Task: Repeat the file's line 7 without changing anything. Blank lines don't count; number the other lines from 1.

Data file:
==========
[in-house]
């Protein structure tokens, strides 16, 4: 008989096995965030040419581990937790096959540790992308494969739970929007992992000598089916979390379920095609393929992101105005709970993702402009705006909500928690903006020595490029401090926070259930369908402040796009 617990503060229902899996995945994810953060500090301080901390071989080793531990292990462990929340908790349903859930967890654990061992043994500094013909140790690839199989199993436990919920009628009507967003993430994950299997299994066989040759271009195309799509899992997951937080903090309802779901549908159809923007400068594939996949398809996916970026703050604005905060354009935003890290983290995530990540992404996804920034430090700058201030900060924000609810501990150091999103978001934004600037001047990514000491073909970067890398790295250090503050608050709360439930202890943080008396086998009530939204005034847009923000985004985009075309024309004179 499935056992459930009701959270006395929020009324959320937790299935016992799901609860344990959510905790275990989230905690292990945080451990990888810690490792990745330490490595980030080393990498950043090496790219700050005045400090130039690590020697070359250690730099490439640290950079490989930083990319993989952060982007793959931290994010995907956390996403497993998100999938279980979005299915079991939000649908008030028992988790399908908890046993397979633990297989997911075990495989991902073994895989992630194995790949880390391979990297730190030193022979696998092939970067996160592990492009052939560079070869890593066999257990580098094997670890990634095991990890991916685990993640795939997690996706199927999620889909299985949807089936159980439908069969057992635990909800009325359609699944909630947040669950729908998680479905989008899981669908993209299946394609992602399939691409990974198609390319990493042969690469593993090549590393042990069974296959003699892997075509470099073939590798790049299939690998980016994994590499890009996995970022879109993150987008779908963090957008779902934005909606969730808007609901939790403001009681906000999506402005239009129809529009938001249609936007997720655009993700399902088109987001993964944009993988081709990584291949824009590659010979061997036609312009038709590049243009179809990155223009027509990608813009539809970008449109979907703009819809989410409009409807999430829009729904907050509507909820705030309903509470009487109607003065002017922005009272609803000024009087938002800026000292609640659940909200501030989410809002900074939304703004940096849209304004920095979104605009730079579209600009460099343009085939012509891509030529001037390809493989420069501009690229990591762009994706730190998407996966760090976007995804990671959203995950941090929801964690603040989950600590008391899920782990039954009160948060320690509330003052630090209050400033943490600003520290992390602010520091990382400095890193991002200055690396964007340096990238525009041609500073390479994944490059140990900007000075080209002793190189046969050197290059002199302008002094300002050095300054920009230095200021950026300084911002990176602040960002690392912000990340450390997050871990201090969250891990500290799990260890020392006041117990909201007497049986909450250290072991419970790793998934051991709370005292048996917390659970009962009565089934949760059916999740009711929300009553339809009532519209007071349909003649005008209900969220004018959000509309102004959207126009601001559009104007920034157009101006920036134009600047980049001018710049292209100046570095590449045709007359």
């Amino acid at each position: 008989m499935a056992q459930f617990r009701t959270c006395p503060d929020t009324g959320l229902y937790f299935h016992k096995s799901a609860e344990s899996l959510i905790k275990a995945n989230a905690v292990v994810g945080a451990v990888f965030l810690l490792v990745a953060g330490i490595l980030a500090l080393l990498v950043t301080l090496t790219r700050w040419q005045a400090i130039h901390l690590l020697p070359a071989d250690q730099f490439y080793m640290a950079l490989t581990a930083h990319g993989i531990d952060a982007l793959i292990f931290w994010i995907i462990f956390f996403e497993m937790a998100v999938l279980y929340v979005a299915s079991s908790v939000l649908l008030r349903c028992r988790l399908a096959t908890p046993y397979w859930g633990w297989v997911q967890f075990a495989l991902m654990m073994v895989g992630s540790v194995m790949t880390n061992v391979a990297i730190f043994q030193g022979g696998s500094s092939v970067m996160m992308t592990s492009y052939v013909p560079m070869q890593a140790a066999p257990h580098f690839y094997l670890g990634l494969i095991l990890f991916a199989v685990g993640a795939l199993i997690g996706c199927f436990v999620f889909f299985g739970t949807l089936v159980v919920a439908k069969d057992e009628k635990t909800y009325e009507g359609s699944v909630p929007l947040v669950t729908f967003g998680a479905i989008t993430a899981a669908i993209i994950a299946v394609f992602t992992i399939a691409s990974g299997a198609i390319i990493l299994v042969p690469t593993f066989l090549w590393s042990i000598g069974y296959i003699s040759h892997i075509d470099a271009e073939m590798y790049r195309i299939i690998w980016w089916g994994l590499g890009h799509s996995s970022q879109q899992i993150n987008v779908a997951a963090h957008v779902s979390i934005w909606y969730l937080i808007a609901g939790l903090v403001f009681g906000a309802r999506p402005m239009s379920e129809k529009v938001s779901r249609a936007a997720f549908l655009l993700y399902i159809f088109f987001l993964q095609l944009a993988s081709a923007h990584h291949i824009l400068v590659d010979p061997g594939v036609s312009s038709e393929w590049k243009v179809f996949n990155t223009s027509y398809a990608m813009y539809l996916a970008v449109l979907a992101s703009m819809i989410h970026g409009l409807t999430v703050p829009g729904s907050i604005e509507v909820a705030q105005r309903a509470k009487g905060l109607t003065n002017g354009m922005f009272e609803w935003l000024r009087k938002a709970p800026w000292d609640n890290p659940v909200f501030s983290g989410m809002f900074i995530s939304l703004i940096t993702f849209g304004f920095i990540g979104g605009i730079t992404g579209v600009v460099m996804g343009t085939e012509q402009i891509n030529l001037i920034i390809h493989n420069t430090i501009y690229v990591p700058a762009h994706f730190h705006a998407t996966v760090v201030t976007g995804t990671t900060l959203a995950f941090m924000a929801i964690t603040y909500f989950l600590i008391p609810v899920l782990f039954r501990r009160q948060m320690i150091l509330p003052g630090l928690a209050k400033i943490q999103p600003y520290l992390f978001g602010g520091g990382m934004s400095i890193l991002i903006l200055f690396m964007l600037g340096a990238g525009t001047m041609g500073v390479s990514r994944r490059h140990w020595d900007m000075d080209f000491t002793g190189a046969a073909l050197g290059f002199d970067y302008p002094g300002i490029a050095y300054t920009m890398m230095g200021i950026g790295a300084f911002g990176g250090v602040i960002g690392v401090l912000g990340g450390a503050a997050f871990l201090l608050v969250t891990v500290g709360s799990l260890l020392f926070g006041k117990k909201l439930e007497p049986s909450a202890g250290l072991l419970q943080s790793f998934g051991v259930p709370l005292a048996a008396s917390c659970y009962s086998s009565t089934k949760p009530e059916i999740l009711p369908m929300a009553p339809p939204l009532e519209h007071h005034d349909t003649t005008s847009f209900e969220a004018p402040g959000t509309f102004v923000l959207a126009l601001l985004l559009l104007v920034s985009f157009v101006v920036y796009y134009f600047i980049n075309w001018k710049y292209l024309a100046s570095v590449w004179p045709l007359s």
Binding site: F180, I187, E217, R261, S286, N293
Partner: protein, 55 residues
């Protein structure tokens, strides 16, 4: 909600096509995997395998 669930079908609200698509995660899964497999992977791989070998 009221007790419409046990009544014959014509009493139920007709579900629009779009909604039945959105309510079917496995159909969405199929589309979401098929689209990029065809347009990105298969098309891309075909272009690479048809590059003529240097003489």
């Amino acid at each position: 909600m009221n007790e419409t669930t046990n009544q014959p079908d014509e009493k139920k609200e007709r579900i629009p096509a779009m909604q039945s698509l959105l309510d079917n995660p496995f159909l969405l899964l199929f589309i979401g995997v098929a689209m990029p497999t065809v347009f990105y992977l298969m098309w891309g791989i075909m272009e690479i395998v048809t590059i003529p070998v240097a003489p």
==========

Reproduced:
């Amino acid at each position: 909600m009221n007790e419409t669930t046990n009544q014959p079908d014509e009493k139920k609200e007709r579900i629009p096509a779009m909604q039945s698509l959105l309510d079917n995660p496995f159909l969405l899964l199929f589309i979401g995997v098929a689209m990029p497999t065809v347009f990105y992977l298969m098309w891309g791989i075909m272009e690479i395998v048809t590059i003529p070998v240097a003489p």